Like everybody else, I want to see the country reopened. I understand the vaccine roll-out is key to that objective. I have been pushing for many months for a timely rolling out of vaccines. However, I oppose mandatory vaccinations. Encouragement has proven far more successful than browbeating people. I received a number of phone calls from students over the past number of days who have told me they are being forced to take the vaccine against their will. One woman called me and said she was under massive stress and she cannot sleep. She indicates she has been told that if she wants to finish the two weeks of placement she has left, she must take the vaccine. In other words, she must take the vaccine to continue her career. She says she is looking at Germany and Canada, two countries that have paused the roll-out of the AstraZeneca vaccine for her age cohort, and she cannot understand why the HSE is making it mandatory for students to take this vaccine to continue with a particular career. Will the Taoiseach guarantee these students will not be forced to take the vaccine?
In the statements yesterday, the Taoiseach mentioned that people who have been vaccinated can meet. I welcome that. How will that be policed or will it be policed? Will there be occasions where gardaí will attend people's houses and ask them to prove they have been vaccinated?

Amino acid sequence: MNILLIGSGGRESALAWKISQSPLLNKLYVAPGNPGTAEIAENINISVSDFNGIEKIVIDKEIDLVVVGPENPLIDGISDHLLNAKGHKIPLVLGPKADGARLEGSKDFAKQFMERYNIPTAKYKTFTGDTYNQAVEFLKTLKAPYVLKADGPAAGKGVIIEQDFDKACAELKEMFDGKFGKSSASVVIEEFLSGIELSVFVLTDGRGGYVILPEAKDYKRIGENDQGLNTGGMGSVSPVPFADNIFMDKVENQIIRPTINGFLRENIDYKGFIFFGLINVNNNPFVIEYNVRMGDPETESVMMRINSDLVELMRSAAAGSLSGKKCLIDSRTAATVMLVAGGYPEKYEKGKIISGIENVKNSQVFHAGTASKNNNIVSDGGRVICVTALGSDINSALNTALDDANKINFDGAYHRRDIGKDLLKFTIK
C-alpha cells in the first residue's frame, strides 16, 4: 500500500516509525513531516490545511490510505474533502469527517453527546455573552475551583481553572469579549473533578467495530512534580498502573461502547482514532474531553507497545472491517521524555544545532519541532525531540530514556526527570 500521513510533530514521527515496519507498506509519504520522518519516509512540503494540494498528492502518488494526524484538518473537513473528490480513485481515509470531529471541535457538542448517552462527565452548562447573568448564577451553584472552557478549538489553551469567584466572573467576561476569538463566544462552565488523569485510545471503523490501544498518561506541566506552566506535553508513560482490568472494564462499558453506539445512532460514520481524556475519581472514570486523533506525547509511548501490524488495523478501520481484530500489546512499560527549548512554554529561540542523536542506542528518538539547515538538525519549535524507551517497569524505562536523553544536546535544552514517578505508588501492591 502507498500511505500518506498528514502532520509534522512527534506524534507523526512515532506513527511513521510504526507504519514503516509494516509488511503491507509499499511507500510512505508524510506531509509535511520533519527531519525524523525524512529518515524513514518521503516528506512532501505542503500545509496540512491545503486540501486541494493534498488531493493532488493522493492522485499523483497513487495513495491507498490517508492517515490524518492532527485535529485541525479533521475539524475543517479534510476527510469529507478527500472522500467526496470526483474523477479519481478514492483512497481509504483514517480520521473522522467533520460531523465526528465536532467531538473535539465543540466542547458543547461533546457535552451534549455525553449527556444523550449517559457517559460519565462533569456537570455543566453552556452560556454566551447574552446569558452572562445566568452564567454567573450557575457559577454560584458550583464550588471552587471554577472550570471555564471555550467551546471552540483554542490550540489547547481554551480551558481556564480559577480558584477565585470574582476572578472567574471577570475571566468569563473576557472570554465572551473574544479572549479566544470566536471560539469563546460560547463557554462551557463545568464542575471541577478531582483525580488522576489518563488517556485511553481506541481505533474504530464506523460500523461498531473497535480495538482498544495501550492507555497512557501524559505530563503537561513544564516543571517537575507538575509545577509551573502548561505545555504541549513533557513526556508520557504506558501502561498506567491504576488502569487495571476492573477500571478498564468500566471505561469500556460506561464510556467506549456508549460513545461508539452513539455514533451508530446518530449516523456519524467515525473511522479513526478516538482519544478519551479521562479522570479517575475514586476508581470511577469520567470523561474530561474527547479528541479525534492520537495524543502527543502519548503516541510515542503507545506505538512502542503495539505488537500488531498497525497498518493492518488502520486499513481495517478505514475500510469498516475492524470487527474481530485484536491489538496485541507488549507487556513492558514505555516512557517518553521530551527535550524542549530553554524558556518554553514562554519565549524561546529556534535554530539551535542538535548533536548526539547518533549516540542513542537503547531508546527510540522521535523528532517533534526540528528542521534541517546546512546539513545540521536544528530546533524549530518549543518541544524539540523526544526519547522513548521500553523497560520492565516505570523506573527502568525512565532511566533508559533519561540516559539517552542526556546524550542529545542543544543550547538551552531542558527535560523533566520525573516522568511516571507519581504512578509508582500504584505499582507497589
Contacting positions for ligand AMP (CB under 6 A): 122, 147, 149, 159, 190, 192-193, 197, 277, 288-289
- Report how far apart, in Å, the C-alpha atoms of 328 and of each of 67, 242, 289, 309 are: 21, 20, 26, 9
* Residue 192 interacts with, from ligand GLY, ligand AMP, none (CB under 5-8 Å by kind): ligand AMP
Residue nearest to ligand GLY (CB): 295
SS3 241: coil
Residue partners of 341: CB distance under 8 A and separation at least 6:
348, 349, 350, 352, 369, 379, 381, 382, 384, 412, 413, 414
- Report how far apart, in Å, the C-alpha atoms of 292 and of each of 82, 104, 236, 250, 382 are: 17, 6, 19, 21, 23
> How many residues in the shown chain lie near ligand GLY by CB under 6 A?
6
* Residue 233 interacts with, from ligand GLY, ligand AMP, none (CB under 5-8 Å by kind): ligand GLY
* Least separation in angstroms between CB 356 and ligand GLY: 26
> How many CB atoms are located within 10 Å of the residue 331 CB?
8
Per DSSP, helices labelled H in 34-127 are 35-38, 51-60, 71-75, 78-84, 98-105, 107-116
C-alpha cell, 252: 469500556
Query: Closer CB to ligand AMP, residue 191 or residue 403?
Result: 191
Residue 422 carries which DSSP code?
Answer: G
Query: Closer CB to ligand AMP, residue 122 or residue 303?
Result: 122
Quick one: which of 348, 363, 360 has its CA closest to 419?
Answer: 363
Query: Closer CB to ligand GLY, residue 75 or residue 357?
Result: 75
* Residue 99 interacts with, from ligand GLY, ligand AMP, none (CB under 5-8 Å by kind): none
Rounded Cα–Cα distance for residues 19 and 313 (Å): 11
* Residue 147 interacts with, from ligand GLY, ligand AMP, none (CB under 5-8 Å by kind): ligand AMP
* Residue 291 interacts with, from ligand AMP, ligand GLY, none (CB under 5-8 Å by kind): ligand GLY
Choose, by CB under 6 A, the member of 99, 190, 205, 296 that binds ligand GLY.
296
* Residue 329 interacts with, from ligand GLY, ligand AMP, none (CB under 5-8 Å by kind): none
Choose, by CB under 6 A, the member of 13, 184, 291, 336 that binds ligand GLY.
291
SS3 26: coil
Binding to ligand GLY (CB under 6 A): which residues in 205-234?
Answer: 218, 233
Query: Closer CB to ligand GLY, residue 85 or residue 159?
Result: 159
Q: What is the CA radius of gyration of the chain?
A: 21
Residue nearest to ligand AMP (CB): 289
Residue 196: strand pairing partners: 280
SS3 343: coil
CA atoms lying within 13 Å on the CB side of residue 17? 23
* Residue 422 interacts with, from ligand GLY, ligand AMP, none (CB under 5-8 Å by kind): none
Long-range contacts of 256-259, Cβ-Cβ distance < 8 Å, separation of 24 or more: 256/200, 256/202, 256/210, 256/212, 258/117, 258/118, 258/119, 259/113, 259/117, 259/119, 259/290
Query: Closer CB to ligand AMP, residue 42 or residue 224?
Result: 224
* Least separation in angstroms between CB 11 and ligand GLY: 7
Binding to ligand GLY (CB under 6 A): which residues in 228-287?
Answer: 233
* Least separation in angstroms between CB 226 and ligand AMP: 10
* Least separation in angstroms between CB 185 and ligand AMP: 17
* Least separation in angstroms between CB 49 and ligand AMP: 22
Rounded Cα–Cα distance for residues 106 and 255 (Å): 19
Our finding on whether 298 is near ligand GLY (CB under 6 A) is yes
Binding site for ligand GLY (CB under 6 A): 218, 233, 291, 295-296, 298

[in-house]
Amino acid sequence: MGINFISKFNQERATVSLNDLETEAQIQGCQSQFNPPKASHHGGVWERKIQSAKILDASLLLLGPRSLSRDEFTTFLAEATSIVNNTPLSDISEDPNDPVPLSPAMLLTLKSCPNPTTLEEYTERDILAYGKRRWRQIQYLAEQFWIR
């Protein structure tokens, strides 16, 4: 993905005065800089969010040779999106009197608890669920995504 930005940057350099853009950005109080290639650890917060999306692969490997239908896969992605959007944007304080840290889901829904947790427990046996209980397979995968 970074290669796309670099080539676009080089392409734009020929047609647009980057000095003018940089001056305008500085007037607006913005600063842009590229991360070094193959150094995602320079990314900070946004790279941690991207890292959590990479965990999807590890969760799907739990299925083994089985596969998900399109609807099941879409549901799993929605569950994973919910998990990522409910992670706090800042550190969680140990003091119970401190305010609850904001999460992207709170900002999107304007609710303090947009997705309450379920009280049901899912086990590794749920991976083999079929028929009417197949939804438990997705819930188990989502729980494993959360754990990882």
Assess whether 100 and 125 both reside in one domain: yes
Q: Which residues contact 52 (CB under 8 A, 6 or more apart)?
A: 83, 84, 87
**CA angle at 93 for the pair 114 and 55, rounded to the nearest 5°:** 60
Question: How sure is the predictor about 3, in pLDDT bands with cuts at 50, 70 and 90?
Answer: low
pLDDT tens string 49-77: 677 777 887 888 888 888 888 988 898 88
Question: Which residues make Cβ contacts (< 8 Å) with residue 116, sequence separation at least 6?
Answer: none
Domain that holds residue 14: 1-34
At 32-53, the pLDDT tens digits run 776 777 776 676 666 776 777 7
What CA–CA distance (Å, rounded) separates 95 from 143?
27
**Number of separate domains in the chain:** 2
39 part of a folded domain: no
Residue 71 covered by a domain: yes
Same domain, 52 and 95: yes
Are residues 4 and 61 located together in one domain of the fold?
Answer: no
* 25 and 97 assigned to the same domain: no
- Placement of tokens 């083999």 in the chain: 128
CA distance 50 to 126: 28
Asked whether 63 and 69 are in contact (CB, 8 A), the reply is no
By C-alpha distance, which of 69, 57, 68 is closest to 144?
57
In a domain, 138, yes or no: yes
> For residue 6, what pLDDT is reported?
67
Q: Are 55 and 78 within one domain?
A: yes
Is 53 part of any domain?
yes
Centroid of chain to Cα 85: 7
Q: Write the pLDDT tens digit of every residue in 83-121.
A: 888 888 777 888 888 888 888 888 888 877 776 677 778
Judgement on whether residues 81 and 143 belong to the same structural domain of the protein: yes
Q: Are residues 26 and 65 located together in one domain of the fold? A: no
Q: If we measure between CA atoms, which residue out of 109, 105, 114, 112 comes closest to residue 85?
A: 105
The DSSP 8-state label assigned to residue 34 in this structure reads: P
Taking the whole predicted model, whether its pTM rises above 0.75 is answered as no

I thank the Deputies, who have raised a range of matters. Deputy Barry again raised questions relating to public and private hospitals.
We live in a country where people have choices. I support as strong and well-resourced a public health service as possible and will continue to do so. That is why record funding was provided this year to the HSE to develop, advance and expand the public health service system. That is my commitment to that.
I have condemned what happened at the Beacon. It was wrong in terms of personal ethics and behaviour and represented a gross breach of trust with the Irish people.
Deputy Kelly raised the issue of children's shoes, which the Government is examining. We take the point. There have been issues in terms of children's shoes being an essential item for the growth and development of children and the need to provide for that. We are finalising specific guidance. That will be published and outlined in regulations to facilitate shoe shops and shoe-fitting services to measure children and provide for them on appointment online or by phone call. The basis will be to provide that service and the subsequent sale of children's shoes only. It is specific to the needs of growing children and we will provide for that in guidance and regulations that will be published shortly. It is a fair point that Deputies and medical personnel have raised with us.